On March 26, 1981, at 9am more than 500 journalists crowded into London’s Connaught Rooms to witness the launch of a new political party. The excitement had been building for months. In January there had been the launch of a Council for Social Democracy and the publication of the Limehouse Declaration of principles; in February a full-page advertisement had appeared in the press signed by 100 prominent supporters; behind the scenes there had been intense organisational work and now came the formal beginning. Sitting in front of their bold new logo, the collective leadership of the SDP spoke of breaking the mould of British politics. And then the Gang of Four left, each to fly to different parts of the country to give regional interviews. The man who planned the launch, the MP Mike Thomas, was a pro at this sort of thing and it showed. Back at SDP headquarters, volunteers worked phone banks and thousands of new members signed up immediately, many using credit cards, an innovation that was widely mocked by rivals but swiftly copied. it should be obvious that the launch of Change UK has not been the same as the launch of the SDP. Not the same in élan, or enthusiasm, or organisational discipline or quality of leadership. Not the same in depth of thinking or basic competence. An element of surprise is vital in politics but you aren’t supposed to take yourself by surprise. Change UK look completely startled by their own existence. Even the most basic organisational task seems too hard. Even basic questions receive no answer. At their launch they were sure they were all independents but unclear whether this meant that they were independent of the main parties or independent of each other. When asked anything in an interview, they reply that answering the question would be indulging in the old politics they are trying to get away from. They aren’t even certain what their response is to: “Do you wish to bring down the government?” They have looked hapless, selecting a lead candidate for the European elections in Scotland who had to be withdrawn; they failed to register their (uninspiring) logo successfully with the Electoral Commission and an effort to organise a joint Remain candidate for the Peterborough by-election collapsed in farce, leaving Change UK without representation. – Daniel Finkelstein for The Times (£)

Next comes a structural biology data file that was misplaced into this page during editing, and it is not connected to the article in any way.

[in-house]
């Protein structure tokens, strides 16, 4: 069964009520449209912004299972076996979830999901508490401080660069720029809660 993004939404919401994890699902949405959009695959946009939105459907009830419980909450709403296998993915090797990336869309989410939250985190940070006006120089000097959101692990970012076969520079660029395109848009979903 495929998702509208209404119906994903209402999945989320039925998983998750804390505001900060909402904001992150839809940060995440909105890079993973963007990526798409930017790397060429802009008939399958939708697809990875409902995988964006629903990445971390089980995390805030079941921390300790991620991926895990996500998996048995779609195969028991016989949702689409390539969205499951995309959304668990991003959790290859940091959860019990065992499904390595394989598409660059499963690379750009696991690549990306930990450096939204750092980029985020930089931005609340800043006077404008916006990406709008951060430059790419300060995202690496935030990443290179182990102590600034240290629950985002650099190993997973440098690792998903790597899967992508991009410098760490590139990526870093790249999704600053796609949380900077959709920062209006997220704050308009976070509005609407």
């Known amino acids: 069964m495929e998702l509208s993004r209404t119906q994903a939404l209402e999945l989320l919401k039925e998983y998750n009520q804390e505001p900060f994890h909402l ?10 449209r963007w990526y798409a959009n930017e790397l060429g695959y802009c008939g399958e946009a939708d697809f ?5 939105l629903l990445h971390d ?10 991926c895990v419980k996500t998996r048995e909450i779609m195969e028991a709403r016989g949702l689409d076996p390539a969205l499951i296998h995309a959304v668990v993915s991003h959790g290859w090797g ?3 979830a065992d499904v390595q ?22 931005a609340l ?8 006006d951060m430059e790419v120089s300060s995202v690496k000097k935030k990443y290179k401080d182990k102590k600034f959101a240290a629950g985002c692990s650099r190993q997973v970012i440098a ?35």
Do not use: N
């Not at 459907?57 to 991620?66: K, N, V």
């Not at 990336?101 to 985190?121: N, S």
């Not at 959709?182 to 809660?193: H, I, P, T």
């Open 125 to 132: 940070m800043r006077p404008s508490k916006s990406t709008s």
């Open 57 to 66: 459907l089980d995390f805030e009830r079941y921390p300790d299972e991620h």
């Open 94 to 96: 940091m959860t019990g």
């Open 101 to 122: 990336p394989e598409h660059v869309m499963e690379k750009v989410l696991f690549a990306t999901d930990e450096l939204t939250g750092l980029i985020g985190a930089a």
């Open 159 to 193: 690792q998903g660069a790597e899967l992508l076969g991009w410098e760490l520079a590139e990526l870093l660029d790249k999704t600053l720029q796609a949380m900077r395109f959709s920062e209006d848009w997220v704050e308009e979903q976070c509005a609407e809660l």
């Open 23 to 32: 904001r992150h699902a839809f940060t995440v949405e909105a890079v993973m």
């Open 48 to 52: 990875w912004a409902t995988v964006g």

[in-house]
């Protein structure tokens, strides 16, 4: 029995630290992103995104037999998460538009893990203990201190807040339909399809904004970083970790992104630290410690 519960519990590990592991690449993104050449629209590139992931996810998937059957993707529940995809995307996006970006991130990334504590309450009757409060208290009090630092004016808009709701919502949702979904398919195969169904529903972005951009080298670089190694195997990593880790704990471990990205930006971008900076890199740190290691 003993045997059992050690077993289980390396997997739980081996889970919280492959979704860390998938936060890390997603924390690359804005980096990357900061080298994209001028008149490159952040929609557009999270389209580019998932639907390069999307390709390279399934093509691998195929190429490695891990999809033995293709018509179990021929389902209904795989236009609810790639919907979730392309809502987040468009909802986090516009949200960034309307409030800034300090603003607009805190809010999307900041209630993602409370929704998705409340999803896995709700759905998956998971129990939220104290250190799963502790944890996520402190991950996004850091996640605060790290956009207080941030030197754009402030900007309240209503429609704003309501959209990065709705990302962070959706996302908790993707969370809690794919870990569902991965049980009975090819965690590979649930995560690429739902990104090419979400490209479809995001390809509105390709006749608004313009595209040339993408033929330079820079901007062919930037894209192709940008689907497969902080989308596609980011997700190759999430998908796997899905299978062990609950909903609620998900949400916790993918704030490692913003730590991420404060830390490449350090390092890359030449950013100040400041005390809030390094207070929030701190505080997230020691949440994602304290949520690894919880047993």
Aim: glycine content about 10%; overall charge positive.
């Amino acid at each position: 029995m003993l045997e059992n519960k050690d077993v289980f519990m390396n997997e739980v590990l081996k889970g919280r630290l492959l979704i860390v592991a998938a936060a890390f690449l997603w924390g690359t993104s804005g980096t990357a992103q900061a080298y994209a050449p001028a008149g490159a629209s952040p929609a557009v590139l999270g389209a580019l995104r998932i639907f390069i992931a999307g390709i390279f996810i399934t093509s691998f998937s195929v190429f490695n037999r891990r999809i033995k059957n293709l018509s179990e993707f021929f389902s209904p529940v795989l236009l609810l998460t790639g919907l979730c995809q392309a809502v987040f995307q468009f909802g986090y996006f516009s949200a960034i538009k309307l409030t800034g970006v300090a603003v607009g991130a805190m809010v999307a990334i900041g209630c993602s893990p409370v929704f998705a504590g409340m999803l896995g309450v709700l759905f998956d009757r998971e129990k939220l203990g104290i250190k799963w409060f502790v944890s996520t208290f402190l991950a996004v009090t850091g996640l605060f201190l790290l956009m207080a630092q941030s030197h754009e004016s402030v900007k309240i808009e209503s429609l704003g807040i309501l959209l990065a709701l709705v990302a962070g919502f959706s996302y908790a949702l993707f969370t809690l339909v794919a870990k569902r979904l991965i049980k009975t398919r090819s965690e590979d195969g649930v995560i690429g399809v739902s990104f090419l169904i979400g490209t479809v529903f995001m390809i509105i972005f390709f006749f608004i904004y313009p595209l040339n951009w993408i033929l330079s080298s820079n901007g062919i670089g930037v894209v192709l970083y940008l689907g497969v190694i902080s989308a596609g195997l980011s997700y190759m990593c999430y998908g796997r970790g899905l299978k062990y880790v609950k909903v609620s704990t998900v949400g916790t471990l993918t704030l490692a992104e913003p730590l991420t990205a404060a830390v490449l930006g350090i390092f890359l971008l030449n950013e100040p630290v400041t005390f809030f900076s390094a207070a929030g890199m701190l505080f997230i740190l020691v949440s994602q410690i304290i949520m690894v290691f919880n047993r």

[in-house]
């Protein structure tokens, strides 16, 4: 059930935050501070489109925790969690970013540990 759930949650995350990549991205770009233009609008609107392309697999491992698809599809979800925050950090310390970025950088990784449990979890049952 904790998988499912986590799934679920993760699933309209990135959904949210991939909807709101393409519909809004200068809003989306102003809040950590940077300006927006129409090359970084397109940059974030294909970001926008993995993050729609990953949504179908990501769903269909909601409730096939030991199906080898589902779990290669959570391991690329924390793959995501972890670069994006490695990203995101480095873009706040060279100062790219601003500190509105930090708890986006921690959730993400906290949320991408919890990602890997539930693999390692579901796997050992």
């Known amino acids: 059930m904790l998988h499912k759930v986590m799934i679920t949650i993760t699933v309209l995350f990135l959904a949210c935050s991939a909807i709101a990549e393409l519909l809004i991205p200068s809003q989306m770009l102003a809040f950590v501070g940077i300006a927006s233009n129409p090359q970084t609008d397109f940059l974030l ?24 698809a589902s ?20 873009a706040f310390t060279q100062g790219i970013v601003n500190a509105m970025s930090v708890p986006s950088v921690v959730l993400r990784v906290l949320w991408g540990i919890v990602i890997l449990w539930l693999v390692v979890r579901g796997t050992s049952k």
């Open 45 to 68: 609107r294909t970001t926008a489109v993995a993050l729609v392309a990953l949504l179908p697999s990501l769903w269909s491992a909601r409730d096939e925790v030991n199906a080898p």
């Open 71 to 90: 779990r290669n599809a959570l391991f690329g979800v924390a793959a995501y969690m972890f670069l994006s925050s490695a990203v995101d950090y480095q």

Leo McKinstry: Nigel Farage drenched in milkshake might have been a joke to the left – but it’ll be him who has the last laugh

Nigel Farage’s astonishing success terrifies his opponents – which is why the pro-EU brigade is so determined to undermine him. But this hostility has plumbed new depths as a protester drenched the Brexit Party leader in a milkshake yesterday in Newcastle. No mainstream, elected British politician in recent decades – and Farage has been an MEP for 20 years – has had to endure such a relentless barrage of abuse and condemnation. The incident was not a prank, as some pretend, but a nasty assault that left Farage visibly shaken. If he been a woman or belonged to any minority, it would have probably been classified as a hate crime. The left’s double standards are breath-taking.  Just imagine their outrage if a leading Remainer politician, like the high-profile Tottenham MP David Lammy or the Shadow Foreign Secretary Emily Thornberry was attacked like this. The indignation would be deafening. In lurid tones, we would be told that such an incident reflects the viciousness of the Brexiteers, who want to silence their opponents. Indeed, exactly that kind of language was used by the political establishment when Anna Soubry, the pro-EU Tory MP who defected to the Change UK splinter group, was accused of being a “Nazi” by an idiotic Brexiteer loudmouth. The abuse of Soubry was wrong then, just as the assault on Farage is wrong now. – Leo McKinstry for The Sun

George Parker: How Nigel Farage took European elections by storm